FIRST EDITION. Folio pp. (viii) 502 (cvi), last blank, text in double column. Roman letter, some Italic and Greek. Title in red and black with Plantin’s finely engraved device, woodcut compass device on verso of last, woodcut initials and tail pieces. Text illustrated by 69 beautiful woodcuts, 54 of animals and 15 of plants, often signed C.I., autograph “Labouritte 1778” on pastedown, the initials ‘M M’ with shelfmark beneath, early C18th library stamp “Ex Musaeo J. P Borin” beneath that, contemporary manuscript ex libris “R. L. M. Colleg soc.tis Jesu Mons” at head of title page. General even browning (as usual), some light mostly marginal water staining in places, the odd spot or mark. A good copy, in contemporary vellum over boards, stubbs from an early antiphonal leaf, corners and extremities a little worn.

First and only edition of Niermberg’s important and encyclopaedic natural history, devoted for the most part to the flora and fauna of the New World, and particularly Mexico. There had been earlier accounts of the natural history of the New World, mostly in passages of travel books, but this was the first attempt to order them, and can properly be described as the first American Natural History. Many species are described or illustrated here for the first time, and in supplying the indigenous names for the plants and animals described, the work is an important linguistic source for the Nahuatl language of the Aztecs. There is also much information on the culture and rites of the Aztecs and Incas, and of Mexico before the conquest.

Nieremberg’s sources are various but it seems certain that much of this work is derived from manuscripts brought back by Francisco Hernandez, who had made a large compendium of Aztec flora and fauna, using a group of Aztec artists and draughtsmen. This work is all the more important in that the original drawings were destroyed along with a large part of the famous library at the Escorial, and perhaps the charm of the boldly stylised illustrations reflect their manuscript origin. The woodcuts were made by the Flemish artist Christoffel Jegher who worked as Ruben’s engraver and extensively for the Plantin-Moretus publishing house. They include the raccoon, rattlesnake, dodo, toucan, birds of paradise, water lily, coconut tree, cactus, iguana, amongst others, a great deal of them in their first representation in a printed work.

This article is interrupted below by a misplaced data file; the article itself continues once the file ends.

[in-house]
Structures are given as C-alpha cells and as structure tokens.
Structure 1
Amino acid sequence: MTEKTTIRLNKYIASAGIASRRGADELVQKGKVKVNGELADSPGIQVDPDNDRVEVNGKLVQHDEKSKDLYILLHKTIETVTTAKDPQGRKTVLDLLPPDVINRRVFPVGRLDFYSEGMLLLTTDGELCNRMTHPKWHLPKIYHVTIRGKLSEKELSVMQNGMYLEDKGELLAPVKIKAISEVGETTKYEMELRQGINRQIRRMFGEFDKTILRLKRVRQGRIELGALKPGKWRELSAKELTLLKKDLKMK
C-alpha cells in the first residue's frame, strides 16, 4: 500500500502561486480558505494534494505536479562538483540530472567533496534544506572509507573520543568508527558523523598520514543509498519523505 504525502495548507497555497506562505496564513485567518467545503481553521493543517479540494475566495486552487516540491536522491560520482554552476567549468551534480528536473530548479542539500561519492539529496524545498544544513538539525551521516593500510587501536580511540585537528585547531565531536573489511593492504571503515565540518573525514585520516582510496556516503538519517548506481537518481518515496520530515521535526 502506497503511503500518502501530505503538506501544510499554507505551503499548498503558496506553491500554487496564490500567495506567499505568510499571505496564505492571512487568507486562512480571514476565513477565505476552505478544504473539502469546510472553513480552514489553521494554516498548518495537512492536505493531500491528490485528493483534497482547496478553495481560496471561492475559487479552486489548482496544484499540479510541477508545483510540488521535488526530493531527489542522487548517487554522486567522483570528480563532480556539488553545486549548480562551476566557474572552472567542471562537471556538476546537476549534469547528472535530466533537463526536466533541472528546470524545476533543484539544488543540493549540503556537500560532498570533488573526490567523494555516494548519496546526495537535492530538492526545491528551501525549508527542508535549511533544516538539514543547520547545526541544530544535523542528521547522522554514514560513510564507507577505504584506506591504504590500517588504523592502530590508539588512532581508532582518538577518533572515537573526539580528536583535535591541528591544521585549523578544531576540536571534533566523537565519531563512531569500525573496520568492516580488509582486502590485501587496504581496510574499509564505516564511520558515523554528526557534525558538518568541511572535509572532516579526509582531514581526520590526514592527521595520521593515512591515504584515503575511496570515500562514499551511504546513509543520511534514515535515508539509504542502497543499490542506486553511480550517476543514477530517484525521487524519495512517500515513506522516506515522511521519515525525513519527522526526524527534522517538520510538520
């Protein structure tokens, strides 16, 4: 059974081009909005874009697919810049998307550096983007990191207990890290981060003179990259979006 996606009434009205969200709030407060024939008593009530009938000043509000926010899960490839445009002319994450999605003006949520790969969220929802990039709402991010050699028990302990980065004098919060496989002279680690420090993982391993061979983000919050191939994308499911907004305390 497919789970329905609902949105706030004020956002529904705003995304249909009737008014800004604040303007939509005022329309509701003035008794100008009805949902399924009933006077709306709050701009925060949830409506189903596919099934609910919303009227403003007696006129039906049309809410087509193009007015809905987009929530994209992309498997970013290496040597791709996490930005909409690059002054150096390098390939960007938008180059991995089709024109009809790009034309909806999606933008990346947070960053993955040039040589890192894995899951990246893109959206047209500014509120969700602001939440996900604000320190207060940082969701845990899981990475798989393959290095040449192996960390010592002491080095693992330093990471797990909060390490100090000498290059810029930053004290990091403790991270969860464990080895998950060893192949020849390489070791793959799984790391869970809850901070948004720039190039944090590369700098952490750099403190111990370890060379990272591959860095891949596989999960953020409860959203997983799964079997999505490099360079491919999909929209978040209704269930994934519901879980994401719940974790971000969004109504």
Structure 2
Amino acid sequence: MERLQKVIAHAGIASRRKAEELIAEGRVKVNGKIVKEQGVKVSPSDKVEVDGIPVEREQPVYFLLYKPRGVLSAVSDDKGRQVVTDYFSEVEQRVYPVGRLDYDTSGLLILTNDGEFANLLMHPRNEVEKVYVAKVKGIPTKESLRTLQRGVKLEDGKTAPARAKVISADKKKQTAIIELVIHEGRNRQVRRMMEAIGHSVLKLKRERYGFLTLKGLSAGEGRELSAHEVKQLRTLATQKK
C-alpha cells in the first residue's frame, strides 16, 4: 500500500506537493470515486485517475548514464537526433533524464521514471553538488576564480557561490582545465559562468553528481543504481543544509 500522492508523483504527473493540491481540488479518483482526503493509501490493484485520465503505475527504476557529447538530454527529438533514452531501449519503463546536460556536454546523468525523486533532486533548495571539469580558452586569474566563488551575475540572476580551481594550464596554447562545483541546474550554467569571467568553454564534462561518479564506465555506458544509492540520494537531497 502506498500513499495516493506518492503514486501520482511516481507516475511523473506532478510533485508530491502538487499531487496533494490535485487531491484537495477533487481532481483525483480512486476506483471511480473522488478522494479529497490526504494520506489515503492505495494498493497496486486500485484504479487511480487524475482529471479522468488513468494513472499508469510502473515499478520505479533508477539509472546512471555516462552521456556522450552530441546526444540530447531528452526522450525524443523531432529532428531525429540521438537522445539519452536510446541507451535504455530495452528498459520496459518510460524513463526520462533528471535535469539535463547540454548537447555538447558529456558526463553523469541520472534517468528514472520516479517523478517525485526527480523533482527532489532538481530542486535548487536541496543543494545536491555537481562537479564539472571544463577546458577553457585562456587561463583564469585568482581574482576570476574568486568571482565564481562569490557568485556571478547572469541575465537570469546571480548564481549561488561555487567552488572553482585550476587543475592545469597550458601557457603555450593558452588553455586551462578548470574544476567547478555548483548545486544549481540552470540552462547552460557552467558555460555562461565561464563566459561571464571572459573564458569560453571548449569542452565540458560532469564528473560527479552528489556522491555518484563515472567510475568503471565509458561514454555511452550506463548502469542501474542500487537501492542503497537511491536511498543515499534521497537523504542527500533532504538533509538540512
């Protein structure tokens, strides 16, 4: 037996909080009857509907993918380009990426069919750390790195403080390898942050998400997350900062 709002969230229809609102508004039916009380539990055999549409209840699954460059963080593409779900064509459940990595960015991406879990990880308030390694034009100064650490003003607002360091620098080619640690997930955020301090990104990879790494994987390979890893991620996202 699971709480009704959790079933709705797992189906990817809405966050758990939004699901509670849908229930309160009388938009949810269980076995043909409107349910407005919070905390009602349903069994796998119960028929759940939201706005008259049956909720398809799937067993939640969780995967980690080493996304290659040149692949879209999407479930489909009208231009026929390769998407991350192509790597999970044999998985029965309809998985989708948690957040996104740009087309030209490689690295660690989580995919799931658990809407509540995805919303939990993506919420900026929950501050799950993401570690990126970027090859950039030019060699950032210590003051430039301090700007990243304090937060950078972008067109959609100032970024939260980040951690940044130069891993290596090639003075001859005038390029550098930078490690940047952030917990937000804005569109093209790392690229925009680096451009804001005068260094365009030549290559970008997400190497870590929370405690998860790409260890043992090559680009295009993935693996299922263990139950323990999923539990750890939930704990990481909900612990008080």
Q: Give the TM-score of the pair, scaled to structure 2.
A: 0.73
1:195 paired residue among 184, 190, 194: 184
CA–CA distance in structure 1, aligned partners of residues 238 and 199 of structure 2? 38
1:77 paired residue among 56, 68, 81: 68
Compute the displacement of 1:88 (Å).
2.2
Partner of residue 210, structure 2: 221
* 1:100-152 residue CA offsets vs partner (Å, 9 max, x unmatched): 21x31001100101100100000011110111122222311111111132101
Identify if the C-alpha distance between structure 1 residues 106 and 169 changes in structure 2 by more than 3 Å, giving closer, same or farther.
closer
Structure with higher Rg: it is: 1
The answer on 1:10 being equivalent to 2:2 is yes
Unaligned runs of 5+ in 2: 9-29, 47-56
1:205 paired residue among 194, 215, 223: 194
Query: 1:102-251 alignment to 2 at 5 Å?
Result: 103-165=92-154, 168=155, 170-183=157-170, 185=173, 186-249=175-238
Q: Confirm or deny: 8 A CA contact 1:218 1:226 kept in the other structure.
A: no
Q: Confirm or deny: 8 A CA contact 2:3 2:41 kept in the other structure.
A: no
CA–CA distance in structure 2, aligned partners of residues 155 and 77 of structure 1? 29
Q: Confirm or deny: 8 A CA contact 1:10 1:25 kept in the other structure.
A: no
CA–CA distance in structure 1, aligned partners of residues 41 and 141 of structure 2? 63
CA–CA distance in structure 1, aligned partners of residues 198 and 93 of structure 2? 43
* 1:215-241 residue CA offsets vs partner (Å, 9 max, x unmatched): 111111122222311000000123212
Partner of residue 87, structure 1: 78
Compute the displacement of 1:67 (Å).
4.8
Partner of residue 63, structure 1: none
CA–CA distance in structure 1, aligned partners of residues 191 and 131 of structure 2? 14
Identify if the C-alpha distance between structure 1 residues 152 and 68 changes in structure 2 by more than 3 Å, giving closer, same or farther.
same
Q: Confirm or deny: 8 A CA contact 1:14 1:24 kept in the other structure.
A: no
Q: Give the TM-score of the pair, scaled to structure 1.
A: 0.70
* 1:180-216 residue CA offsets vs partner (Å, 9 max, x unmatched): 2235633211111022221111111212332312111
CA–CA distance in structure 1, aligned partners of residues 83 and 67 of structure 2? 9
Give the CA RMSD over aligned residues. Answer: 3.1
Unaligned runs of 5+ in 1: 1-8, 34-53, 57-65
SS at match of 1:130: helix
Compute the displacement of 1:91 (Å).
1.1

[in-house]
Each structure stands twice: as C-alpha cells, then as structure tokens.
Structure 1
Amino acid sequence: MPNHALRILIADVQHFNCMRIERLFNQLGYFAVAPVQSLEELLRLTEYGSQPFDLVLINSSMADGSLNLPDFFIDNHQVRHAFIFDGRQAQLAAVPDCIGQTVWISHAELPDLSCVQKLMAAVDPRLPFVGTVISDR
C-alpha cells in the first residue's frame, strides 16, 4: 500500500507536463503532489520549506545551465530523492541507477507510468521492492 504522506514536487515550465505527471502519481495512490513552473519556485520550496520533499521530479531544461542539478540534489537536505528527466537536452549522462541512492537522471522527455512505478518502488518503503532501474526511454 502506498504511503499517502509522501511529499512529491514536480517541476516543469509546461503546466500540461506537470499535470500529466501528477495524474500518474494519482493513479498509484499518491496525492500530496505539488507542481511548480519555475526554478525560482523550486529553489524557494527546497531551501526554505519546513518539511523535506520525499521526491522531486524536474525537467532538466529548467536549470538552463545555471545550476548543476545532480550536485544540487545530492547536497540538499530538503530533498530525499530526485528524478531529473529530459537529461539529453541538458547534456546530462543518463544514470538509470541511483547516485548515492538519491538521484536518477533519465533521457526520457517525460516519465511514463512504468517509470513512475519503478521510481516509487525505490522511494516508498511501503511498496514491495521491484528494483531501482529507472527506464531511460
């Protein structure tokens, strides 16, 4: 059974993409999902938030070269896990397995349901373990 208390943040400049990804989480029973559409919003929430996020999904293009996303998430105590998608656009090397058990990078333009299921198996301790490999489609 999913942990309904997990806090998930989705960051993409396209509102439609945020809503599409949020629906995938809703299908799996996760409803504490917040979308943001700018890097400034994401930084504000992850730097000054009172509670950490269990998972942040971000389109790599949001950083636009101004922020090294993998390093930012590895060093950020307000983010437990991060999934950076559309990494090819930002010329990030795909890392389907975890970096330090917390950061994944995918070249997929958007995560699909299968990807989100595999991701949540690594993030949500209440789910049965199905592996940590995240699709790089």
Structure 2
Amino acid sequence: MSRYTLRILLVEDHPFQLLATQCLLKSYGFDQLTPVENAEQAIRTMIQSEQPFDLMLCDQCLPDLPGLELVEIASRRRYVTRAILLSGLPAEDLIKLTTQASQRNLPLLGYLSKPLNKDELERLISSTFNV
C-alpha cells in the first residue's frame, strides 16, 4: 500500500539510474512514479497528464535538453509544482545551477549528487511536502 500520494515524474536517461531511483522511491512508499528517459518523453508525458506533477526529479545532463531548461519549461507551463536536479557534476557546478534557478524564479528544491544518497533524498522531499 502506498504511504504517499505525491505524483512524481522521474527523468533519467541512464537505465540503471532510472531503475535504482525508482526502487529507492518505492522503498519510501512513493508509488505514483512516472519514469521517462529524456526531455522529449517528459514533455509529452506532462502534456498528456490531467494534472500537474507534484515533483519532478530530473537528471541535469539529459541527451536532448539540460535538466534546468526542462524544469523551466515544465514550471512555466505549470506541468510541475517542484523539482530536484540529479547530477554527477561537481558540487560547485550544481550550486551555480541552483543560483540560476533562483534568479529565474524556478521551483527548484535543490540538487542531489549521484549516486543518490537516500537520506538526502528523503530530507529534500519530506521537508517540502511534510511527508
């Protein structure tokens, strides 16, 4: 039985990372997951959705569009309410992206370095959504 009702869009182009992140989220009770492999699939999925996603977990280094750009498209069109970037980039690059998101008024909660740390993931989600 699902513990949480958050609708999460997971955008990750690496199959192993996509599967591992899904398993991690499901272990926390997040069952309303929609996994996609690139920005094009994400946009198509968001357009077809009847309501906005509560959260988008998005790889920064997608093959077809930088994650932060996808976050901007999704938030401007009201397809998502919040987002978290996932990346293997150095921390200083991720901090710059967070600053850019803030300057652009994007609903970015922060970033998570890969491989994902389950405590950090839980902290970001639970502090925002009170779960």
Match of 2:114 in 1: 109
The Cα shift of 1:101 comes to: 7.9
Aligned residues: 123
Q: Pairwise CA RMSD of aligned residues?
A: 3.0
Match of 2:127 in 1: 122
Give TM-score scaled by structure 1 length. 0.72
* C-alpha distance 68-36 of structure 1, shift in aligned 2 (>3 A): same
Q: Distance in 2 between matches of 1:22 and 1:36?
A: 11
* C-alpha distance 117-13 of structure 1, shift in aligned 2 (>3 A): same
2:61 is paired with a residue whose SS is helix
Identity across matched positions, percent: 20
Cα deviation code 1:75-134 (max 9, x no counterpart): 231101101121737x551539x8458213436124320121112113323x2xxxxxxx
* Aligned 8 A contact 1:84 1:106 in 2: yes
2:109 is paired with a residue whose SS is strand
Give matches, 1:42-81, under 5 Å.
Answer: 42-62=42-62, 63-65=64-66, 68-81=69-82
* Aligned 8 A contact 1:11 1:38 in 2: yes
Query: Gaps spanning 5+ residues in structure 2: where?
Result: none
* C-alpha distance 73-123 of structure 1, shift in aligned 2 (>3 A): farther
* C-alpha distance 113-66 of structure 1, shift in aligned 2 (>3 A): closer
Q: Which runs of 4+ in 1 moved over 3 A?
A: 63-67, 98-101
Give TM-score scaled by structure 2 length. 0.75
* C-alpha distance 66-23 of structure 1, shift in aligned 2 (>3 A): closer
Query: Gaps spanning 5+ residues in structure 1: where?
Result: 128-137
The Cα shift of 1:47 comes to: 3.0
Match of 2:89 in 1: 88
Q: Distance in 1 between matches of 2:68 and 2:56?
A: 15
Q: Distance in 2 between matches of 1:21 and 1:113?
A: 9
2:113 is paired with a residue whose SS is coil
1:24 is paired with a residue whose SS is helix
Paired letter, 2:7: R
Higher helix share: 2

The text is scientifically organised by genus: plants, fish, birds, minerals etc. with much technical observation of animals, minerals, and plants and their properties. There is also a chapter on tobacco and its therapeutic use. The book ends with two fascinating chapters on Nieremberg’s observations on miraculous events in Europe and the Holy Land, followed by an extensive and very useful index. Nieremberg was a noted theologian and prolific writer, born of German parents in Madrid in 1595, who taught humanities and natural history for sixteen years at the Imperial College, having joined the Society of Jesus in 1614. His writings on occult philosophy and natural magic were influential. The book is dedicated to Gaspar de Gusman, Count of Olivares, Grand Chancellor to the Indies.

Palau 190738. Brunet IV pp. 76 “on y trouve des particularités importantes qui n’étaient pas encores connues alors.” Sabin 55268 “the greater part of this work relates to the natural history of Mexico, or New Spain, it also contains some particulars relative to Mexico before the conquest”. Wellcome 4546. Nissen (2 vol.) 2974. Arents 3278. Pritzel 6701. Alden 635/94. Not in JFB.